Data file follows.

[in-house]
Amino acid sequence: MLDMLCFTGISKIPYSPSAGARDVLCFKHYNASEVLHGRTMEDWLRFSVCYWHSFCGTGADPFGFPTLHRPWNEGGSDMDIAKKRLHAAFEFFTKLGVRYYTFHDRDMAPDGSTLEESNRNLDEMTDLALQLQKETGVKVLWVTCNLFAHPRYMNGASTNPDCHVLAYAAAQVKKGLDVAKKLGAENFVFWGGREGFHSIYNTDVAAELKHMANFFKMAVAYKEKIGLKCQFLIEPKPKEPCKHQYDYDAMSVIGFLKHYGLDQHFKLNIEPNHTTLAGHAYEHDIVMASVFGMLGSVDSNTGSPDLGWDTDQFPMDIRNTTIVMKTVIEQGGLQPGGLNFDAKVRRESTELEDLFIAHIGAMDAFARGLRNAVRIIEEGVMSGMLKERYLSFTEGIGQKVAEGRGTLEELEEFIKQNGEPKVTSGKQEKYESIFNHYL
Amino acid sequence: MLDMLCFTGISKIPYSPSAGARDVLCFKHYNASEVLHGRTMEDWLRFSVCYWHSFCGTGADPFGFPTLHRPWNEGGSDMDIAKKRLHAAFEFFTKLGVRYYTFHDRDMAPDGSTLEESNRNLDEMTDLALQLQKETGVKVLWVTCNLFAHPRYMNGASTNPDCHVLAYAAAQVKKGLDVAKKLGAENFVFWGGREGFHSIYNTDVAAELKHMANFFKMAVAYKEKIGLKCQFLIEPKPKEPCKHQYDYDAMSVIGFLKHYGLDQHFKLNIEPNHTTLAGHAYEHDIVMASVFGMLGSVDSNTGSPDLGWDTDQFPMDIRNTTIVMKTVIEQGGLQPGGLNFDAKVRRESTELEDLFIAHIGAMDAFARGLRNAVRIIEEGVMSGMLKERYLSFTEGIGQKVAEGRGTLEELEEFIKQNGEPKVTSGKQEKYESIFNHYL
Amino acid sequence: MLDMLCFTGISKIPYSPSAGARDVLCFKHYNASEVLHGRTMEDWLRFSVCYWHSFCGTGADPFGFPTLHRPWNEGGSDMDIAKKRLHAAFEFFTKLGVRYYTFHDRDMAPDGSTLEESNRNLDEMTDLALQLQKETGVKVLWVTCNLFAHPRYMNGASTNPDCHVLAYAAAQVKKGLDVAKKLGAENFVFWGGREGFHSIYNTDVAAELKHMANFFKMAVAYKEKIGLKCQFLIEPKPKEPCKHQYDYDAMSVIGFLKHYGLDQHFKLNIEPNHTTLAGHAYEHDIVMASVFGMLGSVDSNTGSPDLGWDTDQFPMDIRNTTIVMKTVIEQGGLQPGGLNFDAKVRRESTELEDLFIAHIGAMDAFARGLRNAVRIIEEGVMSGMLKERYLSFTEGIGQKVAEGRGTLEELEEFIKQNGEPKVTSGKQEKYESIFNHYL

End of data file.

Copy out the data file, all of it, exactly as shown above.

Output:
[in-house]
Amino acid sequence: MLDMLCFTGISKIPYSPSAGARDVLCFKHYNASEVLHGRTMEDWLRFSVCYWHSFCGTGADPFGFPTLHRPWNEGGSDMDIAKKRLHAAFEFFTKLGVRYYTFHDRDMAPDGSTLEESNRNLDEMTDLALQLQKETGVKVLWVTCNLFAHPRYMNGASTNPDCHVLAYAAAQVKKGLDVAKKLGAENFVFWGGREGFHSIYNTDVAAELKHMANFFKMAVAYKEKIGLKCQFLIEPKPKEPCKHQYDYDAMSVIGFLKHYGLDQHFKLNIEPNHTTLAGHAYEHDIVMASVFGMLGSVDSNTGSPDLGWDTDQFPMDIRNTTIVMKTVIEQGGLQPGGLNFDAKVRRESTELEDLFIAHIGAMDAFARGLRNAVRIIEEGVMSGMLKERYLSFTEGIGQKVAEGRGTLEELEEFIKQNGEPKVTSGKQEKYESIFNHYL
Amino acid sequence: MLDMLCFTGISKIPYSPSAGARDVLCFKHYNASEVLHGRTMEDWLRFSVCYWHSFCGTGADPFGFPTLHRPWNEGGSDMDIAKKRLHAAFEFFTKLGVRYYTFHDRDMAPDGSTLEESNRNLDEMTDLALQLQKETGVKVLWVTCNLFAHPRYMNGASTNPDCHVLAYAAAQVKKGLDVAKKLGAENFVFWGGREGFHSIYNTDVAAELKHMANFFKMAVAYKEKIGLKCQFLIEPKPKEPCKHQYDYDAMSVIGFLKHYGLDQHFKLNIEPNHTTLAGHAYEHDIVMASVFGMLGSVDSNTGSPDLGWDTDQFPMDIRNTTIVMKTVIEQGGLQPGGLNFDAKVRRESTELEDLFIAHIGAMDAFARGLRNAVRIIEEGVMSGMLKERYLSFTEGIGQKVAEGRGTLEELEEFIKQNGEPKVTSGKQEKYESIFNHYL
Amino acid sequence: MLDMLCFTGISKIPYSPSAGARDVLCFKHYNASEVLHGRTMEDWLRFSVCYWHSFCGTGADPFGFPTLHRPWNEGGSDMDIAKKRLHAAFEFFTKLGVRYYTFHDRDMAPDGSTLEESNRNLDEMTDLALQLQKETGVKVLWVTCNLFAHPRYMNGASTNPDCHVLAYAAAQVKKGLDVAKKLGAENFVFWGGREGFHSIYNTDVAAELKHMANFFKMAVAYKEKIGLKCQFLIEPKPKEPCKHQYDYDAMSVIGFLKHYGLDQHFKLNIEPNHTTLAGHAYEHDIVMASVFGMLGSVDSNTGSPDLGWDTDQFPMDIRNTTIVMKTVIEQGGLQPGGLNFDAKVRRESTELEDLFIAHIGAMDAFARGLRNAVRIIEEGVMSGMLKERYLSFTEGIGQKVAEGRGTLEELEEFIKQNGEPKVTSGKQEKYESIFNHYL